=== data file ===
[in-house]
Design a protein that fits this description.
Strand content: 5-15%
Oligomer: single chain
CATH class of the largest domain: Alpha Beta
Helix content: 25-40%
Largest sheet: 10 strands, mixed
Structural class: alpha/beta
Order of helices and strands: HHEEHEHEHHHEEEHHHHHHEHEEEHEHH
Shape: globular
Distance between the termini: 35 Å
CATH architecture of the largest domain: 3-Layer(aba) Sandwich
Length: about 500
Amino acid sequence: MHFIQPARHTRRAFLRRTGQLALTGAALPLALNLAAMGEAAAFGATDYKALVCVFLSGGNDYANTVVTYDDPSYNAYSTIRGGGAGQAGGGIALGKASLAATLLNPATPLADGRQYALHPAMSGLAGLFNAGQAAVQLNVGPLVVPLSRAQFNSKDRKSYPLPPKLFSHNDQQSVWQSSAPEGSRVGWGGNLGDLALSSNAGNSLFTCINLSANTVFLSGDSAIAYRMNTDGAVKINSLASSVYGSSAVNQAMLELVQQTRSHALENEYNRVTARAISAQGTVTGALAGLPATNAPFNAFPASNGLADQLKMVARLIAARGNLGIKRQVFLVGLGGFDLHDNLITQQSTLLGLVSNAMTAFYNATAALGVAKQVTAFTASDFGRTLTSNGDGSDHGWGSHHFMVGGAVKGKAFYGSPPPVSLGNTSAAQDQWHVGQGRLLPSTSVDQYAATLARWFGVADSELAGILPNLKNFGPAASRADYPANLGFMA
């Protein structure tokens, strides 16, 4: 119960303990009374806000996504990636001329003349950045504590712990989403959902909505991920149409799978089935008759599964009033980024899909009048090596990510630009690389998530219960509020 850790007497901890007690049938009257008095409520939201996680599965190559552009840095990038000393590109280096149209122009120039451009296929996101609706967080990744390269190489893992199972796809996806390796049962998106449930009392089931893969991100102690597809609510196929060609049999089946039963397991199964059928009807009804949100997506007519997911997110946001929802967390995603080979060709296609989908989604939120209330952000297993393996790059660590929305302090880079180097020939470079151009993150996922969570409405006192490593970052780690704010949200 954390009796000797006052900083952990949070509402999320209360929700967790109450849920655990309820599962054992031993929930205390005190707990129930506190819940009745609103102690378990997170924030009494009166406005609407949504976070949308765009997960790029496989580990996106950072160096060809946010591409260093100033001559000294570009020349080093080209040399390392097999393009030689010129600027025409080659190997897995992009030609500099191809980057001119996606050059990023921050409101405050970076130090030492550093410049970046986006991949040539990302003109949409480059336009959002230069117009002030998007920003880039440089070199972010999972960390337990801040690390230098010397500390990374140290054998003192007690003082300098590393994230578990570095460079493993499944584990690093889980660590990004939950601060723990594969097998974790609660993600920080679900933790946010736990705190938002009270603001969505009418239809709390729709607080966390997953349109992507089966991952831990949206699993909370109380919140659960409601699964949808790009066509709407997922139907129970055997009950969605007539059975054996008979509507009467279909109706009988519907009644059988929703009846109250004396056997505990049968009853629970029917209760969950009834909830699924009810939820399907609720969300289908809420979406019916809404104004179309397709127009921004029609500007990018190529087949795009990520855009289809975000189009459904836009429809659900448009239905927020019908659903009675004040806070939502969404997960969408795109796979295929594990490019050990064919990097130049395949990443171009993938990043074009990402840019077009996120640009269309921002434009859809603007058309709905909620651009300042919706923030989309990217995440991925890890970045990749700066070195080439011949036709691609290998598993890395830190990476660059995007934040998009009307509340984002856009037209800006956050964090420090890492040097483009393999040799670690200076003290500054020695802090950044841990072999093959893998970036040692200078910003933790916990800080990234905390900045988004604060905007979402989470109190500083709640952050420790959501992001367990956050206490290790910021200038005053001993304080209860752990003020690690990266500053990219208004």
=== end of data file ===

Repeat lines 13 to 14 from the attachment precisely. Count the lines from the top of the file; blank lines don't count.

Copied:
Length: about 500
Amino acid sequence: MHFIQPARHTRRAFLRRTGQLALTGAALPLALNLAAMGEAAAFGATDYKALVCVFLSGGNDYANTVVTYDDPSYNAYSTIRGGGAGQAGGGIALGKASLAATLLNPATPLADGRQYALHPAMSGLAGLFNAGQAAVQLNVGPLVVPLSRAQFNSKDRKSYPLPPKLFSHNDQQSVWQSSAPEGSRVGWGGNLGDLALSSNAGNSLFTCINLSANTVFLSGDSAIAYRMNTDGAVKINSLASSVYGSSAVNQAMLELVQQTRSHALENEYNRVTARAISAQGTVTGALAGLPATNAPFNAFPASNGLADQLKMVARLIAARGNLGIKRQVFLVGLGGFDLHDNLITQQSTLLGLVSNAMTAFYNATAALGVAKQVTAFTASDFGRTLTSNGDGSDHGWGSHHFMVGGAVKGKAFYGSPPPVSLGNTSAAQDQWHVGQGRLLPSTSVDQYAATLARWFGVADSELAGILPNLKNFGPAASRADYPANLGFMA